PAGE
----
A new study has revealed that COVID-19 patients are less likely to infect others after the first week of contracting the disease.
According to the BBC, the study found that the PCR swab test – the standard diagnosis for the coronavirus mainly in use in Nigeria – is “so sensitive” it could be picking up fragments of dead virus.
It quoted Carl Heneghan, one of the study’s authors, as saying that COVID-19 infectivity “appears to decline after about a week”.
So far, there are 26.8 million clinically confirmed cases of the coronavirus, out of which only seven million are still active.
But what this new study suggests is that some of those who tested positive for the disease may have had dead fragments of the virus – including those who had previous infections that are thought to be reinfected.
It is also states that the virus detected in some of the cases had low infectivity rate and so, posed no risk of getting transmitted to others in the first place.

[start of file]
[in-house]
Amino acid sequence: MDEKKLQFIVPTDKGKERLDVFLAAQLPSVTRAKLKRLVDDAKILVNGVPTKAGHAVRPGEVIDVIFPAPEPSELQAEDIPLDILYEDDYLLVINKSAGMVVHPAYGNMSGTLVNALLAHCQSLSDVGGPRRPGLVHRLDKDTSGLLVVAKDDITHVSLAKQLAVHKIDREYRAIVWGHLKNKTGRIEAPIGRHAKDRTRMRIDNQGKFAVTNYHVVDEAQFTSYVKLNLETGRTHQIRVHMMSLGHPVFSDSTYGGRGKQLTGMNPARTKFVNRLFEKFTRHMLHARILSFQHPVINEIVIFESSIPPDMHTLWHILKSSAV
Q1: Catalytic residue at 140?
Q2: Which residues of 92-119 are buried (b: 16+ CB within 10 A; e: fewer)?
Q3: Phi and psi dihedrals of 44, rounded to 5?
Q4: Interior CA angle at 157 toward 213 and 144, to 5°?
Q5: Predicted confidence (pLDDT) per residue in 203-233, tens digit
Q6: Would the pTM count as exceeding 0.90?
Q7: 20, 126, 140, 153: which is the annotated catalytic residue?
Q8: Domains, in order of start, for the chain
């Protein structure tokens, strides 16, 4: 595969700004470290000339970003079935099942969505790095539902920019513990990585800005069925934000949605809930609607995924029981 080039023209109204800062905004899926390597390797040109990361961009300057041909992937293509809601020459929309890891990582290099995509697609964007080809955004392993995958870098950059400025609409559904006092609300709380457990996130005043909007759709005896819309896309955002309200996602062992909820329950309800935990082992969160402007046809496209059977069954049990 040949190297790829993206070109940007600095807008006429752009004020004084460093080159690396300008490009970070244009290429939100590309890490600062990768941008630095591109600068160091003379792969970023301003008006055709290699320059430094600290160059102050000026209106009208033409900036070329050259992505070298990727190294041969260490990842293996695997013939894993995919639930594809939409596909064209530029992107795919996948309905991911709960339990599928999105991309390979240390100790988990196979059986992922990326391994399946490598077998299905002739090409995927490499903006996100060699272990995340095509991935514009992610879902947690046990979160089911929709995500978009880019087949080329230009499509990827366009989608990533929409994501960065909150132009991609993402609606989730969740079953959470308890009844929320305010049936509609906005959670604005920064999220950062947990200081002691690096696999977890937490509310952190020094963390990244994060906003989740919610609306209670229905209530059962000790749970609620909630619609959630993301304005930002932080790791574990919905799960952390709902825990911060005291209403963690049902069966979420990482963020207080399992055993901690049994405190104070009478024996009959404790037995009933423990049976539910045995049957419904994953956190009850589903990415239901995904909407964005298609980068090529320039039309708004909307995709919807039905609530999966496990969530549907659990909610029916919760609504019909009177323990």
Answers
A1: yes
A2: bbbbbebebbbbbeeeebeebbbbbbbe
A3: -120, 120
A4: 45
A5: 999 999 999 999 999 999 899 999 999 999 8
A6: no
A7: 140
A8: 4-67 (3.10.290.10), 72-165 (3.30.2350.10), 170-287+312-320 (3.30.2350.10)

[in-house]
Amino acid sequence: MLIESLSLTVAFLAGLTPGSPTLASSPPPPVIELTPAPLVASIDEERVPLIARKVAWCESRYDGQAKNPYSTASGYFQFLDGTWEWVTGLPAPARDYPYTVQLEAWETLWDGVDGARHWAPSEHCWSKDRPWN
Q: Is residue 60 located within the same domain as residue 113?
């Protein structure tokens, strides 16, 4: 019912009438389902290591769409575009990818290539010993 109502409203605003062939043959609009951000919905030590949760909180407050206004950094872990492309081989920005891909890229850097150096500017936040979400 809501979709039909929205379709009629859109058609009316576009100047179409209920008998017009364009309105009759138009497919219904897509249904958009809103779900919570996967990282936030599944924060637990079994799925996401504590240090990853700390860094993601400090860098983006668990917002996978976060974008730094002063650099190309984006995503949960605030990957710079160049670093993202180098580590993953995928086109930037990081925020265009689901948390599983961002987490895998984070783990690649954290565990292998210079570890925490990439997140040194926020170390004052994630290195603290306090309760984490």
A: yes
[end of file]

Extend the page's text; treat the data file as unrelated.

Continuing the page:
This is because the PCR swab test does not detect how much virus is in a sample being diagnosed or its infectivity.
Therefore, Heneghan said instead of the test resulting in a yes/no diagnosis, it should have “a cut-off point so that very small amounts of virus do not trigger a positive result”.
He said such cut-off points could reduce the likelihood of false-positive results.
There have been concerns over false-positive or false-negative COVID-19 results which usually depend on the type of diagnosis used.
But some experts, including Dani Zander, chief of Pathology and Laboratory Medicine at UC Health, argued that a false-negative test can happen “if one has a very low viral load”.
The authors of the study also believe the recording of cases where the virus infectivity has already declined explains why increased cases have not translated into increased admission in hospitals.